To paraphrase one of former U.S. House of Representatives Speaker Tip O'Neill's favorite sayings, "All commuting policy, like all politics, is local."
The December passage of the Tax Cuts and Jobs Act made profound changes in the federal tax code, and some of those changes include how employers provide commuting benefits to their workers.
The tax law eliminated the business deduction for qualified mass-transit and parking benefits, except as necessary for ensuring the safety of an employee, beginning in 2018. Employer-paid commuting benefits continue to be treated as nontaxable income, up to $260 per employee per month.
Tax-exempt employers aren't spared; they will be subject to the tax on unrelated business income for any qualified transportation benefits provided to employees.
Bike-to-work benefits were treated even more unfavorably. The legislation suspended the $20 per employee per month exclusion from gross income for biking benefits for 2018 through 2025. This means that employer reimbursements for bicycle commuting expenses are not deductible by employers and they are taxable to employees.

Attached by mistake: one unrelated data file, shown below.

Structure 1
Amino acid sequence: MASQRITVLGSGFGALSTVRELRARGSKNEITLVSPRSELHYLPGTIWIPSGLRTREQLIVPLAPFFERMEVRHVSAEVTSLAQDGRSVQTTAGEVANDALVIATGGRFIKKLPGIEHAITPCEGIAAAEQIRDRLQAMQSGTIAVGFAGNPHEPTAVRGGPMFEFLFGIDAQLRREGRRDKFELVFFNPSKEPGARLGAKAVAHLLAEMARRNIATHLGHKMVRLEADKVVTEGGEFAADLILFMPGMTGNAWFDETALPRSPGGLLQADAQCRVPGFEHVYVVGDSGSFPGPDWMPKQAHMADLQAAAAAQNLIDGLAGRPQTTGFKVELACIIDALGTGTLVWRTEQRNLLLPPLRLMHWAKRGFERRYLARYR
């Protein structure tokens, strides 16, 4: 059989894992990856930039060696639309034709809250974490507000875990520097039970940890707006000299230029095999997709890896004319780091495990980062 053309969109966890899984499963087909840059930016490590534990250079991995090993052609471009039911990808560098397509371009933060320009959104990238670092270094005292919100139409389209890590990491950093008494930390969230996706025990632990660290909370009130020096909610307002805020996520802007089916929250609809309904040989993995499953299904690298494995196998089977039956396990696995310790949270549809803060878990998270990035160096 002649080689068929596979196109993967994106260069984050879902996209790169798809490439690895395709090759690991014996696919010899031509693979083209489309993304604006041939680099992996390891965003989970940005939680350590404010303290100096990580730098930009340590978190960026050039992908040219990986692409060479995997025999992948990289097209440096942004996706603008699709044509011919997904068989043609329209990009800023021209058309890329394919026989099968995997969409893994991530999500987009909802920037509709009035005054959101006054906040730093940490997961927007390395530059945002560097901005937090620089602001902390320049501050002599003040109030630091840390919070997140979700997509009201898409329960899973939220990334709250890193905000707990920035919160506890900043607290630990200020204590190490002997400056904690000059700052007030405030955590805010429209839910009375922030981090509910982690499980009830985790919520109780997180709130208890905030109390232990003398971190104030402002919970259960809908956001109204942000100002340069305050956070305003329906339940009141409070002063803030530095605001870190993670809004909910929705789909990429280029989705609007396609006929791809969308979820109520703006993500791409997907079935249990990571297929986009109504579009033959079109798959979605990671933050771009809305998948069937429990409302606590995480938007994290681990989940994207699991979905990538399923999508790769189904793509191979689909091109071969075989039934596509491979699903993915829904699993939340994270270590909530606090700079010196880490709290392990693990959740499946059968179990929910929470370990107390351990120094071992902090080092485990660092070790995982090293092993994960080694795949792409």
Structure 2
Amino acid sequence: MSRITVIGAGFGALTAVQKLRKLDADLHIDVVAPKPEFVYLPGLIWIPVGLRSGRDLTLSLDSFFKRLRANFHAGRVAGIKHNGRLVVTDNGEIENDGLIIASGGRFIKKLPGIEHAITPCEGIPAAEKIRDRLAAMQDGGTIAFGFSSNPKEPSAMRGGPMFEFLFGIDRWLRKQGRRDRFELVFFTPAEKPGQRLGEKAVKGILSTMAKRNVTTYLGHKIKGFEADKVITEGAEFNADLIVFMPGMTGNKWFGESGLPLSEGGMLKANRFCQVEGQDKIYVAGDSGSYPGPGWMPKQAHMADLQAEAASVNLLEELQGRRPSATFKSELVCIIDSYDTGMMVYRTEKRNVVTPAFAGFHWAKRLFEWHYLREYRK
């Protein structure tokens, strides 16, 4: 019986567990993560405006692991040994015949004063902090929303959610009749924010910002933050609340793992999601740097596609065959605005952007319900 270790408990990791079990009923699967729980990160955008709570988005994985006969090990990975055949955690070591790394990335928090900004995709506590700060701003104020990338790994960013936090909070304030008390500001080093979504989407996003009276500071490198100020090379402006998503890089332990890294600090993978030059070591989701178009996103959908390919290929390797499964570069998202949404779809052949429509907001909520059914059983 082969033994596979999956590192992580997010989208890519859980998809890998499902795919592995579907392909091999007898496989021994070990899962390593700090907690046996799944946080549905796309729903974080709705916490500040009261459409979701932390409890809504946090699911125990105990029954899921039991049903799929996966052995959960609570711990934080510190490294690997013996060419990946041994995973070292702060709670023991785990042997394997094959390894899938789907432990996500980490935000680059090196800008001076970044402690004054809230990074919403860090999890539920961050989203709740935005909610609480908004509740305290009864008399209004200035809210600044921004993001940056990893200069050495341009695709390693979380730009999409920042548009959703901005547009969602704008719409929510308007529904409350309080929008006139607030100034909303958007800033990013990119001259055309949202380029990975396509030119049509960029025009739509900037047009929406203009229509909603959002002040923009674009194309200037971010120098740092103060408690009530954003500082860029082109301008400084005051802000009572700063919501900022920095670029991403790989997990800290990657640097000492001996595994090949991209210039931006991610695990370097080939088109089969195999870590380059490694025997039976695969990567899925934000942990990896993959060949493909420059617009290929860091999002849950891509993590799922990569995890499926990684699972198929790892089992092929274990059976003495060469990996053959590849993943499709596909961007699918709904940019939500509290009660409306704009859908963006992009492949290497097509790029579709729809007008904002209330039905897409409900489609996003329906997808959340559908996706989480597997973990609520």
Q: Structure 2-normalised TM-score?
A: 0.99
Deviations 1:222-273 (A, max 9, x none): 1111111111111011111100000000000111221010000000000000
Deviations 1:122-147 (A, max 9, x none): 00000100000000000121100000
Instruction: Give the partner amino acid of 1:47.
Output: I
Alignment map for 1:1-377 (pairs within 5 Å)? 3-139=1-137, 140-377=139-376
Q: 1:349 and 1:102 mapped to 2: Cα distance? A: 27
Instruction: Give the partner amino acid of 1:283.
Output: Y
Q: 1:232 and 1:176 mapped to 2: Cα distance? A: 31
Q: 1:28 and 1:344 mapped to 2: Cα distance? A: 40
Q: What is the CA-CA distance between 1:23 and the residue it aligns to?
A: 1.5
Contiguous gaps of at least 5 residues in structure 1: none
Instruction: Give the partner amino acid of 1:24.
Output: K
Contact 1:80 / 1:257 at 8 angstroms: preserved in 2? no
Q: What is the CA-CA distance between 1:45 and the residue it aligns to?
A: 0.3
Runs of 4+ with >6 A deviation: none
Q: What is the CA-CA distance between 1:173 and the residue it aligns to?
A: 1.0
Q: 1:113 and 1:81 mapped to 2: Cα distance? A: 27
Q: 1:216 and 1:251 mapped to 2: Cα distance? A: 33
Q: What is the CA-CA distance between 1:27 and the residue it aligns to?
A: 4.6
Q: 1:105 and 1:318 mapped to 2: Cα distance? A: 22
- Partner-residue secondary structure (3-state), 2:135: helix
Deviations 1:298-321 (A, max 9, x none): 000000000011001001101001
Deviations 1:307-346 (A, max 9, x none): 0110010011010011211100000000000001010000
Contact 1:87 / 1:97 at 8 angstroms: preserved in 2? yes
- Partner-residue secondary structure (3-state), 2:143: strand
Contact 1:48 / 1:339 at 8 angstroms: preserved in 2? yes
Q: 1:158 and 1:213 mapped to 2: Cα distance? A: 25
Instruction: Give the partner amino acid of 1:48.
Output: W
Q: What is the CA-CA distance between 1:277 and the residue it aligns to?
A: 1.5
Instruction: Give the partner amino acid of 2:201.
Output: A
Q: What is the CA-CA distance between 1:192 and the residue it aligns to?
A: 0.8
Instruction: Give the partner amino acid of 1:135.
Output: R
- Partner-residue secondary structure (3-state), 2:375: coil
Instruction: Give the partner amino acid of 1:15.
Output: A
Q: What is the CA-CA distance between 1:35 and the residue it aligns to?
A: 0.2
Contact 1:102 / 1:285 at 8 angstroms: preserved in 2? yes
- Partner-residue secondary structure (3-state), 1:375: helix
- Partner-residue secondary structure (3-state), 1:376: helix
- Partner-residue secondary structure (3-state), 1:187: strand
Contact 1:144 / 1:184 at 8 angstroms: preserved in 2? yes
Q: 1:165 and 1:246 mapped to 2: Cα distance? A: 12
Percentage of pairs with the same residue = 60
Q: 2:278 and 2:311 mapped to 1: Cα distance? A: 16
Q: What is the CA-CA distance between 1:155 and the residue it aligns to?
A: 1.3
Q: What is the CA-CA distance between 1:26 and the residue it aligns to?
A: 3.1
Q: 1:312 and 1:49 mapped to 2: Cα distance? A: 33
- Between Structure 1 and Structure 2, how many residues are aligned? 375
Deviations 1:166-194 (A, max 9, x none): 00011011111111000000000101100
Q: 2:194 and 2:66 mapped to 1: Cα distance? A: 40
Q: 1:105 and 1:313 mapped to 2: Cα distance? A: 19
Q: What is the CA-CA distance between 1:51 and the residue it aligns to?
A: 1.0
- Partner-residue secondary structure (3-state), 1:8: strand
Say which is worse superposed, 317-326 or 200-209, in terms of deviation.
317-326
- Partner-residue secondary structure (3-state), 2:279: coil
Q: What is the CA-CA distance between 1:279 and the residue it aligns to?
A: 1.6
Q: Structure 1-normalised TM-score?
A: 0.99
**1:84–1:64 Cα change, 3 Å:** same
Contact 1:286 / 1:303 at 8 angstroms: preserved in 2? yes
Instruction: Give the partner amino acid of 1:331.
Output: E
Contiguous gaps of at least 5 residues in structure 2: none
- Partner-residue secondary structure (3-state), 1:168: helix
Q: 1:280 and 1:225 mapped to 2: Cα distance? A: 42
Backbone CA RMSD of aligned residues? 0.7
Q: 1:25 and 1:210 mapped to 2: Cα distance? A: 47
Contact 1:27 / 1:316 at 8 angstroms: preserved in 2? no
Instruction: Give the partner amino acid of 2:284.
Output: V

Tax breaks, however, aren't the only reason to offer an employee benefit, and HR directors that provide subsidies for "green" mass-transit and biking benefits say the federal law has had little to no effect on their policies.
"The short answer is no, I don't see it changing what Augsburg University does for our faculty and staff or our students, mainly because we have a strong commitment to both environmental stewardship and our community," Nicole Peterlin, SHRM-CP, HR specialist at the Minneapolis university, said.
The university is among those enterprises that have made an organized effort to encourage sustainable commuting practices. Following a 2015 survey in which 78 percent of employees said they drove alone to work, the university aimed to reduce those solo trips by 28 percent, which it eventually did. The university was named a 2017 Commuter Choice Award winner by the regional transit authority.